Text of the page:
(p. A21) Frank Carney, who founded Pizza Hut with his brother Dan and helped build it into the world’s largest pizza chain, died on Wednesday [Dec. 2, 2020] at an assisted living facility in Wichita, Kan.
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Frank Carney left the company in 1980 and as an investor embarked on various business ventures, including real estate, oil and gas, and other food enterprises, most of which failed. “Frank was a very driven person,” Dan Carney said. “He would pick up an idea and run with it. You just don’t win every time.”
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By 1993, the millions Frank Carney had made from Pizza Hut were lost to his failed ventures. “I never thought it would turn out as disastrous as it did,” he said in a 2002 interview with Pizza Marketplace, an industry news website. “It’s very stressful when you find out that you’re not as smart as you thought you were.”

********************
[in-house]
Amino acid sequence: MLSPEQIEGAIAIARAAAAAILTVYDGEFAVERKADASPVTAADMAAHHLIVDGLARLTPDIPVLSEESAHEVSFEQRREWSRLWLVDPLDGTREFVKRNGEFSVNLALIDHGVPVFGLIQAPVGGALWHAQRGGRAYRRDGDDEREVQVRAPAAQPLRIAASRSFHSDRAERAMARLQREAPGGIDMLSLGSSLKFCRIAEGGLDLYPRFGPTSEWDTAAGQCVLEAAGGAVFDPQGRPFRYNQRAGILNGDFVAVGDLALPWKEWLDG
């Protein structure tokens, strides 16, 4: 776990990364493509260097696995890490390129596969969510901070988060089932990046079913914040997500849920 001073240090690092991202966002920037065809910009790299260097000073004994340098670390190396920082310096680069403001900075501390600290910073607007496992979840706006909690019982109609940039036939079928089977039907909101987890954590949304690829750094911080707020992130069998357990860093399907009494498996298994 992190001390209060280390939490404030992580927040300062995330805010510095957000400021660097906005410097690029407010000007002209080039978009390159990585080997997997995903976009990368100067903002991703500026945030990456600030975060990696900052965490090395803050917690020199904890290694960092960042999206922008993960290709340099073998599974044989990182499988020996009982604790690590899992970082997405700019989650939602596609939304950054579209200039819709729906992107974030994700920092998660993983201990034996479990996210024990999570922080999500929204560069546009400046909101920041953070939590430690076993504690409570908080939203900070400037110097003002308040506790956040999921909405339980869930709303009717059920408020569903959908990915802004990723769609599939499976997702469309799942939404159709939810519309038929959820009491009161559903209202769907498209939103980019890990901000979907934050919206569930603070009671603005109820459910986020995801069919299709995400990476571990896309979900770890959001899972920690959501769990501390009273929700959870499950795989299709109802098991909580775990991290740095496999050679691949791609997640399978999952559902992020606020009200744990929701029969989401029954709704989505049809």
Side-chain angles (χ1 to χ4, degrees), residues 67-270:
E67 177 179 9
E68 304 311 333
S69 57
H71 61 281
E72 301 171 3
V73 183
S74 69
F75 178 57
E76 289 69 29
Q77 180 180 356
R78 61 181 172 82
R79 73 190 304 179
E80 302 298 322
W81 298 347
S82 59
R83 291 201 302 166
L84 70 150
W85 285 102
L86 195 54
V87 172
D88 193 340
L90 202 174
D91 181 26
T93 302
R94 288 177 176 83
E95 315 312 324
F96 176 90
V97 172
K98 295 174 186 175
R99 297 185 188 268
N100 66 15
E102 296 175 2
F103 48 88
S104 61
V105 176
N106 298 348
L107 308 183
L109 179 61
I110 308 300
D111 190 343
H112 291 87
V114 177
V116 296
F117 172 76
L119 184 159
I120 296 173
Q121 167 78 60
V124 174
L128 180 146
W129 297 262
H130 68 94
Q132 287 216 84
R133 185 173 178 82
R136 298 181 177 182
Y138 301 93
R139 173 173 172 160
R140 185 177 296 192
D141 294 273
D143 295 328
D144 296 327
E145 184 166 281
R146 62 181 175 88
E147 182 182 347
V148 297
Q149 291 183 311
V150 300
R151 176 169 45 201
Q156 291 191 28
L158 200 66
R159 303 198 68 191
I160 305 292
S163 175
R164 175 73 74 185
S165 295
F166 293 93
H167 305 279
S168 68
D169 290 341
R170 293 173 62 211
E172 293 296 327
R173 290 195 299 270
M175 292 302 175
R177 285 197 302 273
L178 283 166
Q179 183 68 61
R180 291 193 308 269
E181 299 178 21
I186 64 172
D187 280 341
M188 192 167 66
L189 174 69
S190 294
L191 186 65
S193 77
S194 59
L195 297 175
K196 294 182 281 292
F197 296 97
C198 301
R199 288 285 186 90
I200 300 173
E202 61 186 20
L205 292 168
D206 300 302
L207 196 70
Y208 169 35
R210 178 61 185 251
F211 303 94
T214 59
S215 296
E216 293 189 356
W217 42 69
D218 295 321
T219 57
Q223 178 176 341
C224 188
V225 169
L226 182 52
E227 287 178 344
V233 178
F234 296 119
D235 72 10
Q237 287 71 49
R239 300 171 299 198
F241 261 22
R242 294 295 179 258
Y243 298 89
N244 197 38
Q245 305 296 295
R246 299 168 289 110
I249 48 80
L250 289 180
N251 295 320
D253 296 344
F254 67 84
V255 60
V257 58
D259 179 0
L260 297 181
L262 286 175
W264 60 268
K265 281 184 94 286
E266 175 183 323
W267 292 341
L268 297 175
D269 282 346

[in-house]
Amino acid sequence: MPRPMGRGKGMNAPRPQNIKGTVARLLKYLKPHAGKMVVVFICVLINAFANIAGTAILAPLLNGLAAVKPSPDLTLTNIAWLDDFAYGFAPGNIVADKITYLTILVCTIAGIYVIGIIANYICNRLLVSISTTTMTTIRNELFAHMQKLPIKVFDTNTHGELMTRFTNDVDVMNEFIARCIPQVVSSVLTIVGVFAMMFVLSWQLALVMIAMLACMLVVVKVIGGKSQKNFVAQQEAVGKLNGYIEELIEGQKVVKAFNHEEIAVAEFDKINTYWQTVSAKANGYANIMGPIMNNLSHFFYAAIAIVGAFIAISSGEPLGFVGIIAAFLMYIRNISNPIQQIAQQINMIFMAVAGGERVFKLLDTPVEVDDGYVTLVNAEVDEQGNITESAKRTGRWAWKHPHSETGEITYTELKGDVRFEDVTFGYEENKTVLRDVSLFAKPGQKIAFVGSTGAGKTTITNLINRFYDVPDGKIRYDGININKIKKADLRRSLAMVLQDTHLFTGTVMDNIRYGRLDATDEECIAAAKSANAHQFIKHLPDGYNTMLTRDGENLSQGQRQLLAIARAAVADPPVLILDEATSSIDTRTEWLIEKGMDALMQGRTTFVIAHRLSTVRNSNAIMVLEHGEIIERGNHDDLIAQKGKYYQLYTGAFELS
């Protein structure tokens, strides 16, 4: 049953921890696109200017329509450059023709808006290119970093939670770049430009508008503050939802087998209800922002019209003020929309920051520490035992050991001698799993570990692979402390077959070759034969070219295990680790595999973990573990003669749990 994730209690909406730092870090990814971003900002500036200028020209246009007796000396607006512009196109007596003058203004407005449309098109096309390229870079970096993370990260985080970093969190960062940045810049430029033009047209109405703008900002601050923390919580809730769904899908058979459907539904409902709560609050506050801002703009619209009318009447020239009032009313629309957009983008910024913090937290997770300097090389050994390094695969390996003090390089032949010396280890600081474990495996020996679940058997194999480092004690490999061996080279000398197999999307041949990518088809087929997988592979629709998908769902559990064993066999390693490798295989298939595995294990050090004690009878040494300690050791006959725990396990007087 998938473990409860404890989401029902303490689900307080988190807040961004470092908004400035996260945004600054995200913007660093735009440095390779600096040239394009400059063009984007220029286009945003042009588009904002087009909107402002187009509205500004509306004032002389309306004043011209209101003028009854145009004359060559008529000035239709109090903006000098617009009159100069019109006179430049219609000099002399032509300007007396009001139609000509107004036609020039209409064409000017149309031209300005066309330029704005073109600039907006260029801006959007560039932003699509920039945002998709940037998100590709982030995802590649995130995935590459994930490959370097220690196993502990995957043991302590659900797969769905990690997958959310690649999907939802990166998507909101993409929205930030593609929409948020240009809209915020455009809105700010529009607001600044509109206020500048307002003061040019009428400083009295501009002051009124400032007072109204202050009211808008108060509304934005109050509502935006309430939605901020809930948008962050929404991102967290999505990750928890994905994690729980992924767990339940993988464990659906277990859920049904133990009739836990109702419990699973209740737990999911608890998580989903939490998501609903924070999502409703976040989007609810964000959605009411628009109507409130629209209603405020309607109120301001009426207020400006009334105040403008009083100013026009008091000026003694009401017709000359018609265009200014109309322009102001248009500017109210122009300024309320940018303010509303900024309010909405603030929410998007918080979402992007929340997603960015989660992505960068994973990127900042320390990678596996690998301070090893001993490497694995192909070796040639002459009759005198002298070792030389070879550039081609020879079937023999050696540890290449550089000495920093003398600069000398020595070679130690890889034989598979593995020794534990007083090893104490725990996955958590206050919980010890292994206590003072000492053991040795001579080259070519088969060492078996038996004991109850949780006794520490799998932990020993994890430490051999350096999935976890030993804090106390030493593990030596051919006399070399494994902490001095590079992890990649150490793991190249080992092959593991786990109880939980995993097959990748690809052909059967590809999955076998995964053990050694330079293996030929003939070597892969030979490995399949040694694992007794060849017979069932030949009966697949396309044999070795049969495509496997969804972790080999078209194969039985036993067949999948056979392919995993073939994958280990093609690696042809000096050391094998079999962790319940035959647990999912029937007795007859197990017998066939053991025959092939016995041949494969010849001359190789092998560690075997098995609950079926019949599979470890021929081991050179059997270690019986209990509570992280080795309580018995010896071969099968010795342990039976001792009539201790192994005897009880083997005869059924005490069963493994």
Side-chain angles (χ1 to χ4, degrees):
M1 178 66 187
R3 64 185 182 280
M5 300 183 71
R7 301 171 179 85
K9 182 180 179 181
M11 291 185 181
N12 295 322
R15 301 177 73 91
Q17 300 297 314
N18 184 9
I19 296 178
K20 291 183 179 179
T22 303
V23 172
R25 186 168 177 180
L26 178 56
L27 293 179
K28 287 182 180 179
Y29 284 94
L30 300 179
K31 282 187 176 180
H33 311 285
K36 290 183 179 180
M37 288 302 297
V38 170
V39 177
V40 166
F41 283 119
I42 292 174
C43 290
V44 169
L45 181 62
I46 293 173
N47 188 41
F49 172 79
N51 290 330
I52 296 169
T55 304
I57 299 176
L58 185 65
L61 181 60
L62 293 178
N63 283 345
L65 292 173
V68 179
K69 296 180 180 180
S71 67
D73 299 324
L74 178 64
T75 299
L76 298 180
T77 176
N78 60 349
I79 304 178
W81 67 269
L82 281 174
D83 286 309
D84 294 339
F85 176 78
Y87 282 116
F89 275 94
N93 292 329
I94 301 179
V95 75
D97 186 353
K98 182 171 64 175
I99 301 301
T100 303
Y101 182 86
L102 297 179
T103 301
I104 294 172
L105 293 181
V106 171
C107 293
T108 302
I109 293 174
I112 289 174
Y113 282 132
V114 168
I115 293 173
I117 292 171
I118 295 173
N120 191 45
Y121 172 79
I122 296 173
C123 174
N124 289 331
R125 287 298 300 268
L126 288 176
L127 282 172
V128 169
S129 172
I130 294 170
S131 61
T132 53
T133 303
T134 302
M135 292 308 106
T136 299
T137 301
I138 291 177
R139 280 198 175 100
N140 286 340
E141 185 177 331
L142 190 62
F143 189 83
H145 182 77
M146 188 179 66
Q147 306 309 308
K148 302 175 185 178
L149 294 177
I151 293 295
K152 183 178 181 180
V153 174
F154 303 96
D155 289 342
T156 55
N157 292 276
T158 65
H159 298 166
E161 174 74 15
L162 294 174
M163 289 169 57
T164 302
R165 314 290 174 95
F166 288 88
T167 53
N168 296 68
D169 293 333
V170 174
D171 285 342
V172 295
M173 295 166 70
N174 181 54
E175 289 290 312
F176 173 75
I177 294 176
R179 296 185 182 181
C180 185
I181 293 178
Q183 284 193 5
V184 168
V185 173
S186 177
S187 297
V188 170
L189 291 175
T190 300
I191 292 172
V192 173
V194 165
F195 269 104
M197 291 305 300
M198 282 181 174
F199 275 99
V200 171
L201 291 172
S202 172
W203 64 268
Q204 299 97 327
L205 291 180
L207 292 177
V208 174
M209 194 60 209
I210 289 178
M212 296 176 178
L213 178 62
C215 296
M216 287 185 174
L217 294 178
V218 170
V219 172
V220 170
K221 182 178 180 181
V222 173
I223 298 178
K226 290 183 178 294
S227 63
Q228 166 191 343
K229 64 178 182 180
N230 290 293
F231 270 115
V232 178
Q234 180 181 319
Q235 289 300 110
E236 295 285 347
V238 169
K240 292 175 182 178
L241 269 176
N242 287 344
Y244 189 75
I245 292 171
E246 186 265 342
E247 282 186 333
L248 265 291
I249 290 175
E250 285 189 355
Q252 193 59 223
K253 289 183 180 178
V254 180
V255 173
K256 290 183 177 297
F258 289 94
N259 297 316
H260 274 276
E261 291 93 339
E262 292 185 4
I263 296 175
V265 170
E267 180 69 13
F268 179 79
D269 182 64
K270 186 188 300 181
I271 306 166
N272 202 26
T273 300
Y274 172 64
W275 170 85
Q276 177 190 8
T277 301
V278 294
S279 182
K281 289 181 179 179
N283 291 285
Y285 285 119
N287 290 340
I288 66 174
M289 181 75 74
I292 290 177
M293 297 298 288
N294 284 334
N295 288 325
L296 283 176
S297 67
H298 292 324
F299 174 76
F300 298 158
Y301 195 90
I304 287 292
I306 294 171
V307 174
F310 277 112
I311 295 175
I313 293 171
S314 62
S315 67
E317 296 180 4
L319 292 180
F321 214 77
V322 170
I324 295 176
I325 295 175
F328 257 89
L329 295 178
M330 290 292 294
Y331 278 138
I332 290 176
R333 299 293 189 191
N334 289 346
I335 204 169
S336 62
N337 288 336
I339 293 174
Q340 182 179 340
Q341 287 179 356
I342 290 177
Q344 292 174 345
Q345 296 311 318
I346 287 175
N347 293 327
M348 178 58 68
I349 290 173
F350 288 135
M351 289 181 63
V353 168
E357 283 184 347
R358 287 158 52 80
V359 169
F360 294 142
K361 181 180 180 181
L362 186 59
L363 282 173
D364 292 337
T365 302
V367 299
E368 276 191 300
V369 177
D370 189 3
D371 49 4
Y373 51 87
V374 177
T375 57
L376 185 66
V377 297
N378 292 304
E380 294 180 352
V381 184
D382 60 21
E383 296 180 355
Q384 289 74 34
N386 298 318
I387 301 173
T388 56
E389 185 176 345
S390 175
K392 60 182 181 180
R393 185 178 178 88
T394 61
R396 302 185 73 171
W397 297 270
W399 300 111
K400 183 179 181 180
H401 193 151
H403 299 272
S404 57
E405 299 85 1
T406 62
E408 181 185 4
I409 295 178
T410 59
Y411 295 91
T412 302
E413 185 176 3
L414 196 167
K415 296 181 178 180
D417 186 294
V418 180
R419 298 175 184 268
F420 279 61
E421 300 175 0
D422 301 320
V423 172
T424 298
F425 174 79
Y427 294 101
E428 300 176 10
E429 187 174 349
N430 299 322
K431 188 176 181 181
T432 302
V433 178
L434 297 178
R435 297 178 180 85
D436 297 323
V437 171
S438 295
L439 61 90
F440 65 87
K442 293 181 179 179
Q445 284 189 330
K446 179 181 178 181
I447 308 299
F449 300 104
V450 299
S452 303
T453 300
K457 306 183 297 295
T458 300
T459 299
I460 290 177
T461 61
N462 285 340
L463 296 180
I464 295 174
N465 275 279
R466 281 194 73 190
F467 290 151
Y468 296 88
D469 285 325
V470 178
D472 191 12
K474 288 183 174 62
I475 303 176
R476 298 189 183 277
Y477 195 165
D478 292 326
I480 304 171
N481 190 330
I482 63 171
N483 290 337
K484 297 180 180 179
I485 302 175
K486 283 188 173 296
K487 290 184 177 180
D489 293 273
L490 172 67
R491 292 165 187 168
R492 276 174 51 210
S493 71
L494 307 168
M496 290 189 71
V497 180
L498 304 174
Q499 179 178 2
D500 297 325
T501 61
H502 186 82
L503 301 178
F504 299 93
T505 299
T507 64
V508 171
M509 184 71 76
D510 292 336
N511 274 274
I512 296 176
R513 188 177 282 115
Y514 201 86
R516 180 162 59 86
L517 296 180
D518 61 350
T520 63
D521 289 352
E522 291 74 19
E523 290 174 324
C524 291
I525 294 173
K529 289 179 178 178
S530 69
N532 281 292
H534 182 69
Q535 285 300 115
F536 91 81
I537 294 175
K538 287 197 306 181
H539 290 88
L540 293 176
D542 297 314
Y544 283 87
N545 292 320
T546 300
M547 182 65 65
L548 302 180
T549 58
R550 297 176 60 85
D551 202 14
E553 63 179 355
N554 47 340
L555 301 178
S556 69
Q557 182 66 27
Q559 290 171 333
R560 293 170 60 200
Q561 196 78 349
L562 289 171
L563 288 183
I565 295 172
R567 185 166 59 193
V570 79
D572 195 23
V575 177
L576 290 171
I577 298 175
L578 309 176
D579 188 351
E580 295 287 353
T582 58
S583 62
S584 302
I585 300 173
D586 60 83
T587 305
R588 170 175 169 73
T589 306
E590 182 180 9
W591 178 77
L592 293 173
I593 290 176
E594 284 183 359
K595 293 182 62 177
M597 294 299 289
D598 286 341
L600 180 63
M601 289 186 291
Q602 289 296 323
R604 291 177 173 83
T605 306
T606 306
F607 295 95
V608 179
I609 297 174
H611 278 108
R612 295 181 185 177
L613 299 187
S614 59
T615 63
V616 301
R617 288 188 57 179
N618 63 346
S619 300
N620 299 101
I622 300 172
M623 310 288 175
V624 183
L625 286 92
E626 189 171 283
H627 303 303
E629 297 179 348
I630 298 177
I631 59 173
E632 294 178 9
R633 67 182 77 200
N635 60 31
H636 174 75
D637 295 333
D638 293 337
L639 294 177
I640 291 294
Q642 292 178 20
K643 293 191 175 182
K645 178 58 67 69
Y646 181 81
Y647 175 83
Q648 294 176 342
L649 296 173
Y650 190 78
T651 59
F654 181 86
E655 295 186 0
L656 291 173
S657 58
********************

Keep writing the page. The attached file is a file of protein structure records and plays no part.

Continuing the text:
He then sought a position at Pizza Hut but was unhappy with the offer he received. Instead, in 1994, he became a franchise owner of Papa John’s, a major pizza chain competitor. His embrace of a rival displeased his brother — but, as Dan Carney said, he “did what he wanted.”
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“I’m just a regular guy who worked smart and made some L.U.C.K. — L.U.C.K. means Laboring Under Correct Knowledge,” Frank Carney once said, according to the website Franchisopedia.com. “When you work hard and smart, you get lucky. To build a successful, growing business, you need all the luck you can get.”
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(Note: the online version of the obituary was updated Dec. 10, 2020, and has the title “Frank Carney, Co-Founder of Pizza Hut, Dies at 82.”)